2008 saw Britain’s fast-developing craze toward London’s “new folk revival”. A ‘scene’ that supposedly brought the general British public, and folk music closer together. Bands and artists, such as Noah and the Whale, Jay Jay Pistolet, and perhaps most famously, Laura Marling, delivered acoustic songs that, not only received recognition and respect amongst music magazines, but also amongst a public usually obsessed with Akon and Girls Aloud. In truth, the “new folk revival” was nothing more than a bland imitation of Americana and indie-pop, delivered with the admirable force, of a close-knit London scene.
Throughout 2008 and early 2009, Mumford & Sons released a triplet of E.P.’s that progressed their style, and sound. Opting against a rushed album, that could have fallen prey to pigeonholing alongside last year’s bands of the minute, Mumford & Sons took the time with their debut “Sigh No More.” The twelve-track full length combines bluegrass and folk, with a rhetoric that reflects the band’s religious beliefs.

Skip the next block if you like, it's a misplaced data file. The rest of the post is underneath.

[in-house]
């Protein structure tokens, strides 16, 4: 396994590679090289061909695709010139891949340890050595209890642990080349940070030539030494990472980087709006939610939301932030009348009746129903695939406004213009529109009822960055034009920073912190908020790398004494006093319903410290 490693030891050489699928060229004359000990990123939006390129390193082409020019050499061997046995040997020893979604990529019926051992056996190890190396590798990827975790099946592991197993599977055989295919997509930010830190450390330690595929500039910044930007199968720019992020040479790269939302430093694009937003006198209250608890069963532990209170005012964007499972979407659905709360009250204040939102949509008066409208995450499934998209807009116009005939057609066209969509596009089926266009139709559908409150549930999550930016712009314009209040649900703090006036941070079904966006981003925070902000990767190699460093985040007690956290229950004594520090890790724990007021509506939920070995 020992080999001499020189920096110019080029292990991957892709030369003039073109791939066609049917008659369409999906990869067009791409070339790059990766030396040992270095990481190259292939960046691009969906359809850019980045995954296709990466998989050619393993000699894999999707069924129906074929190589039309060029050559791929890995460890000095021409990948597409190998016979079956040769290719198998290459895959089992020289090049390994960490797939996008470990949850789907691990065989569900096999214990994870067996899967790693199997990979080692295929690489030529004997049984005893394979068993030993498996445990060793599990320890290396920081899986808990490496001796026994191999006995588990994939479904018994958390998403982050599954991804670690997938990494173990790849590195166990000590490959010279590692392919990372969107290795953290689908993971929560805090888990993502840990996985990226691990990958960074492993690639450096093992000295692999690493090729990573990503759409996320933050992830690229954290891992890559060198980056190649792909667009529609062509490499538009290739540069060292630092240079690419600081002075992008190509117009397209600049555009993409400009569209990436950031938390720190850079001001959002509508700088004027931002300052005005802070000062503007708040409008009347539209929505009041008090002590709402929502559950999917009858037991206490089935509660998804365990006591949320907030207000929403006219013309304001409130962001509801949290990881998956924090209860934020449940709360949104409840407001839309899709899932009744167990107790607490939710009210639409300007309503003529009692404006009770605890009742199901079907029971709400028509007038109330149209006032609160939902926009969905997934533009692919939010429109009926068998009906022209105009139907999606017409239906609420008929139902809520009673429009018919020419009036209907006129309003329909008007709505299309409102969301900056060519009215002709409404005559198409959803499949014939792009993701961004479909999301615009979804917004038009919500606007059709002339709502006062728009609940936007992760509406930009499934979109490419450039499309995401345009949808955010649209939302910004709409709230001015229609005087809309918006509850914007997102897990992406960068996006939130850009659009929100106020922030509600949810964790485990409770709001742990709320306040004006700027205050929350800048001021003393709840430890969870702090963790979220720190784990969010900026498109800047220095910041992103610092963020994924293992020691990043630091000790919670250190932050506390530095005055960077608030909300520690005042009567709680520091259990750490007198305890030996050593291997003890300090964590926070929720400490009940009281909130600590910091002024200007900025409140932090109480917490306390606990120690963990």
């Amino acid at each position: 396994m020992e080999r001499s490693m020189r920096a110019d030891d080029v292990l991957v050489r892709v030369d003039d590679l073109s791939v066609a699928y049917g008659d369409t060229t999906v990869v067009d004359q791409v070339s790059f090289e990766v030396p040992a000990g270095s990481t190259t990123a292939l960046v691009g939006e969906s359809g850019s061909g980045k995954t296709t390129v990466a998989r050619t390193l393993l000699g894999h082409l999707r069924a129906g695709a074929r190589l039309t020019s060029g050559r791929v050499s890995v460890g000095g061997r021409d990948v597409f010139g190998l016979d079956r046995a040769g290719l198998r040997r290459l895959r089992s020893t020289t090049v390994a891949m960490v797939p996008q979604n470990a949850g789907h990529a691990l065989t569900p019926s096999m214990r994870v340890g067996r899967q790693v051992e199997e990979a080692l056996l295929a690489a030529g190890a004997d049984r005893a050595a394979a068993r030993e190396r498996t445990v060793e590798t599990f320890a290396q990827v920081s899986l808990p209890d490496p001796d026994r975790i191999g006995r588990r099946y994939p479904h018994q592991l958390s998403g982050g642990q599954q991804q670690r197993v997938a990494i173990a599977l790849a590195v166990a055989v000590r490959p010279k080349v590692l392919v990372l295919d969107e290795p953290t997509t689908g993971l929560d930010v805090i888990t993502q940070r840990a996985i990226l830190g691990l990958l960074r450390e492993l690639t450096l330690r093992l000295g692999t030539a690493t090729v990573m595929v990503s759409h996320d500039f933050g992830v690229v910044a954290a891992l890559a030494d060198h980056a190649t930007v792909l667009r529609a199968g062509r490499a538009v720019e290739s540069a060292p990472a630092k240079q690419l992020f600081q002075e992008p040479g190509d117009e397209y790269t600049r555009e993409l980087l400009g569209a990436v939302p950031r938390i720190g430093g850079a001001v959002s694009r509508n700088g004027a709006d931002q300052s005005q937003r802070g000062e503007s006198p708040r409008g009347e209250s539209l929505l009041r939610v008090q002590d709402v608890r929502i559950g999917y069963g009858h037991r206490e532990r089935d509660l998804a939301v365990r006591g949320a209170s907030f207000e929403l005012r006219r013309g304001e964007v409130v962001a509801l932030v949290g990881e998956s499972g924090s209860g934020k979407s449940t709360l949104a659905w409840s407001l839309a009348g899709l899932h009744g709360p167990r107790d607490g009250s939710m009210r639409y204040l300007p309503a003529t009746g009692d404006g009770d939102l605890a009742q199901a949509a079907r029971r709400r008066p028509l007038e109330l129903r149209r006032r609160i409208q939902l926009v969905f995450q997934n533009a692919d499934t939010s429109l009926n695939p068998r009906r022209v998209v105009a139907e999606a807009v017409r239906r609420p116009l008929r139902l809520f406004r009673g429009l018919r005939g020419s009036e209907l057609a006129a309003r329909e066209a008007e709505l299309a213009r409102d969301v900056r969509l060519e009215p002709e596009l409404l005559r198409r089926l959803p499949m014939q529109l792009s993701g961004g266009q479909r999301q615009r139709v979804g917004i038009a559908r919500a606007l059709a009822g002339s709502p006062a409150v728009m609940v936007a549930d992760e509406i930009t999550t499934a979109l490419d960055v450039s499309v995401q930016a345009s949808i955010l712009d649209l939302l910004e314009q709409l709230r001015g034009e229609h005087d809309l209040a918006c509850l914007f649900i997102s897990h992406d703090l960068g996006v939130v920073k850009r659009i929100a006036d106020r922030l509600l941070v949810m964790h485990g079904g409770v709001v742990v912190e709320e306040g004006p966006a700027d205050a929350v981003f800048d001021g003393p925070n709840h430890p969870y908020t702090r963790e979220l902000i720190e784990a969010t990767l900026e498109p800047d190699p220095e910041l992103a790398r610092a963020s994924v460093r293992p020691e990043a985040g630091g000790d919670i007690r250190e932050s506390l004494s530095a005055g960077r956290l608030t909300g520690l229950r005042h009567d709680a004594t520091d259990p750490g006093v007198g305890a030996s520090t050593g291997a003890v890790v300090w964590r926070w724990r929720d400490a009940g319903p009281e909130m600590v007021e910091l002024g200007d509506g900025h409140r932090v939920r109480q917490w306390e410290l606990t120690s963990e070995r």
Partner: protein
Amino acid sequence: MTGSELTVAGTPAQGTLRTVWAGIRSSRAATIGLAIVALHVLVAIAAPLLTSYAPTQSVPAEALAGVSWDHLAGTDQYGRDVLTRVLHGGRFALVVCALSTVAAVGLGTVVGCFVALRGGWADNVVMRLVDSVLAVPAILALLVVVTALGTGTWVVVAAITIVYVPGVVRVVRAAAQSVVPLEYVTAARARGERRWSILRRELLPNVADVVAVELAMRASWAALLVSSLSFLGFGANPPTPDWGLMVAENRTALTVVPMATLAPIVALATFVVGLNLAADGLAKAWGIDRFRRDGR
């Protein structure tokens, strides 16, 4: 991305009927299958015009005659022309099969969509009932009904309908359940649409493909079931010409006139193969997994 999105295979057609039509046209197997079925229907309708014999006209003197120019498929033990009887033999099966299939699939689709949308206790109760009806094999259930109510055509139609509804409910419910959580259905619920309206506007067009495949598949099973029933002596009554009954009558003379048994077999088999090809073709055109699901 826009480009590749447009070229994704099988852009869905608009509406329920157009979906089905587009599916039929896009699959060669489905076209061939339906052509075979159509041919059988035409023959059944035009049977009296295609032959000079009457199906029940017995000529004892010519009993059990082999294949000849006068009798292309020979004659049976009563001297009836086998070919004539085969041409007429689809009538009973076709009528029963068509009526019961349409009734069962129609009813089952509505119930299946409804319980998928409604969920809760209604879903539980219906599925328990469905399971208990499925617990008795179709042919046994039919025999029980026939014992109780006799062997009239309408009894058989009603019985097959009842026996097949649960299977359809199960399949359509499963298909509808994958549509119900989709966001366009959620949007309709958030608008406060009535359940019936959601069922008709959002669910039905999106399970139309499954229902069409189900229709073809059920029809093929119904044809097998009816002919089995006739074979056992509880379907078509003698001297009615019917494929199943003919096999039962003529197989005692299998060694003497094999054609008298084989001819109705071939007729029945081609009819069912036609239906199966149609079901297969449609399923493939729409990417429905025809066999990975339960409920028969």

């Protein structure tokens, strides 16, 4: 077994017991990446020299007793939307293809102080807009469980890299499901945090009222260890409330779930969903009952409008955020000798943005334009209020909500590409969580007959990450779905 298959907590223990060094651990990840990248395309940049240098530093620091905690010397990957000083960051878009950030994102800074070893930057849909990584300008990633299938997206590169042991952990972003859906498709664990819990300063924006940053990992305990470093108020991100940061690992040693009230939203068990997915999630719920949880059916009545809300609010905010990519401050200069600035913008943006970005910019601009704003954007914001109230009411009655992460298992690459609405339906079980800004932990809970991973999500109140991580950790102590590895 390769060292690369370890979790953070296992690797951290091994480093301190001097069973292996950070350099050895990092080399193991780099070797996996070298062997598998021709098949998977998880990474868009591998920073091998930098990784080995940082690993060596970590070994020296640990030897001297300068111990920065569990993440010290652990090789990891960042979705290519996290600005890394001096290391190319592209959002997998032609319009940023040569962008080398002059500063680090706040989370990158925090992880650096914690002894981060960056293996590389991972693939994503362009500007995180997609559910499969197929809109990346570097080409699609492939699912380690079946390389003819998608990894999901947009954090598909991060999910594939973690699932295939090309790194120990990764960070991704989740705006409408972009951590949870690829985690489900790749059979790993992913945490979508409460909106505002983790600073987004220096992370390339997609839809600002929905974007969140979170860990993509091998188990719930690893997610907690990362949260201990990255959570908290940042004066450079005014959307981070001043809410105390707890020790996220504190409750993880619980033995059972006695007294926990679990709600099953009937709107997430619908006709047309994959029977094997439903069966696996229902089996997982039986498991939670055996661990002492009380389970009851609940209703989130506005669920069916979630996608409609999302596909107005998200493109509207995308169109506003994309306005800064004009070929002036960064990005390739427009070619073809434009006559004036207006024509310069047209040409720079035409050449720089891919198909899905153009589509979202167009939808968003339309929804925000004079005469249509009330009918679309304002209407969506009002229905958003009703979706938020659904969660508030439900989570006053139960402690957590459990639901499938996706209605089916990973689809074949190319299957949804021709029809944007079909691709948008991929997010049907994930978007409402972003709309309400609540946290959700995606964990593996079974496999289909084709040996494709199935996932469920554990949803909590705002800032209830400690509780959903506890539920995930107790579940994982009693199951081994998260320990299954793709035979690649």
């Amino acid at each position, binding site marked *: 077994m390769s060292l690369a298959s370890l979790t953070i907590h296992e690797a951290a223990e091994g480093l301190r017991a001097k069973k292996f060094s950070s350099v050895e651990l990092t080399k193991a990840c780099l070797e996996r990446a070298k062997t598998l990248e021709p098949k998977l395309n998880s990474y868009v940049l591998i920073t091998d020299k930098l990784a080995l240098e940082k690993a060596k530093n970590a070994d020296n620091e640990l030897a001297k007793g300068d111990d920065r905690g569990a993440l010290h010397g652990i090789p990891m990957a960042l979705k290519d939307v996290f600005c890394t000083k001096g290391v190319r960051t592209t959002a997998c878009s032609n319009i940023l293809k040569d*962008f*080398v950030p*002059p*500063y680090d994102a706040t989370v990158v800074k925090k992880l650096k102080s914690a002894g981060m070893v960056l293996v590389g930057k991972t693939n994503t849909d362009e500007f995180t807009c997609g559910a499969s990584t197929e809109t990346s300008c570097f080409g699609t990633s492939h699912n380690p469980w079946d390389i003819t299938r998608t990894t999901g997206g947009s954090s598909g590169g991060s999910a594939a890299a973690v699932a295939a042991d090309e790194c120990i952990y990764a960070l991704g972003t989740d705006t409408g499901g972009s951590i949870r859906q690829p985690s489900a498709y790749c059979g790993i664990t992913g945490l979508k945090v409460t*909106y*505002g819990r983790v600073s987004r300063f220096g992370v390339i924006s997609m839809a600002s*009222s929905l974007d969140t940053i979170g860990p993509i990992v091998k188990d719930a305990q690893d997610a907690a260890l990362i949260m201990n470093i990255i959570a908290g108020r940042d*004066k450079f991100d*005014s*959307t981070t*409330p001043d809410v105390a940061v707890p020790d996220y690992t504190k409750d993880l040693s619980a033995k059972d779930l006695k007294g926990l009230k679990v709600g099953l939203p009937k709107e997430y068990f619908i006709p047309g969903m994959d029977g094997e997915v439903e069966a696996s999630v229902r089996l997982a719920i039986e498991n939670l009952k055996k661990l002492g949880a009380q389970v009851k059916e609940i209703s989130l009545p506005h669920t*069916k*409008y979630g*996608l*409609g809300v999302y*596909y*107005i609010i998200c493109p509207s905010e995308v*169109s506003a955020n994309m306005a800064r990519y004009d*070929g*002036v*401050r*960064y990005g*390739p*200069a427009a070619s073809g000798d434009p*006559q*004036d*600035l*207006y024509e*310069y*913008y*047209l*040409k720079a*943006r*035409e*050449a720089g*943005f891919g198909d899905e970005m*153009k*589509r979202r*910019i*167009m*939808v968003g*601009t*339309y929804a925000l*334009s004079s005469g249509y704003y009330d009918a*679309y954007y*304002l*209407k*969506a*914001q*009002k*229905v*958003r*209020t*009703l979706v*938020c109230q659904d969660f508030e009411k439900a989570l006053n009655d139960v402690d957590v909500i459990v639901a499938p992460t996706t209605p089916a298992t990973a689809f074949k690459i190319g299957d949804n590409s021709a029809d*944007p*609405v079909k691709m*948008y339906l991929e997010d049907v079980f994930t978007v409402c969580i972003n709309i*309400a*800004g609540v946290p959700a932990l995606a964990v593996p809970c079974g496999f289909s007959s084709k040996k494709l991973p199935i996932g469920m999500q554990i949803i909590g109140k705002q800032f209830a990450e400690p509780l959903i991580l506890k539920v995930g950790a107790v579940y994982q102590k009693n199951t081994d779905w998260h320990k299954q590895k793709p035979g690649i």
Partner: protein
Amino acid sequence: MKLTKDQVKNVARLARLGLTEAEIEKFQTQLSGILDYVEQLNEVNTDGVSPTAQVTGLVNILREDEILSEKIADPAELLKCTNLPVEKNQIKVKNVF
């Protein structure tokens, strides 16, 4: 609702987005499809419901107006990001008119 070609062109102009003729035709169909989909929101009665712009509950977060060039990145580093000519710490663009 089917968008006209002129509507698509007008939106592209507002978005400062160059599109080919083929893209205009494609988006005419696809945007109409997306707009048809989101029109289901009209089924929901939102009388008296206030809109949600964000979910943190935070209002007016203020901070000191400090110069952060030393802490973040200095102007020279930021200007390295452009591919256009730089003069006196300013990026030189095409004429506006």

Mumford & Sons arrange folk like no British counterpart has done for a long time; bluesy soloing, and orchestral climaxes that leave you breathless and in a state of euphoria. They are ambitious in their arrangement; the dynamics between, their twee storytelling verses, catchy pop choruses, quiet middle eights, and explosive, towering crescendos, are closer to post-punk or grunge, than they are to folk.
“Sigh No More” shows a breadth of the band’s experience; they compliment their darker lyricism (“After the Storm”, “Little Lion Man”, “I Gave You All”), with the uplifting moments of pop sensibility (“The Cave”, “Winter Winds”) that create, in part an unnerving experience. Melancholia and ecstasy are substituted with one another superlatively, and the sound that transcends is warming, evocative, and inspiring.
“Sigh No More” has already been criticised as a latecomer, to a cut and paste genre of generics, and mediocrity. Yet it is in this late-coming that the band refined their sound and message (for as a folk band, a message is preferential), and this has worked incredulously well in their favour. Mumford & Sons have created the most accomplished LP, from all acts in the tabloid-entitled revival; perhaps it is fitting that frontman Marcus Mumford asks us to “awake [his] soul”, for his band has truly awakened a movement that, until this point lacked any lasting substance.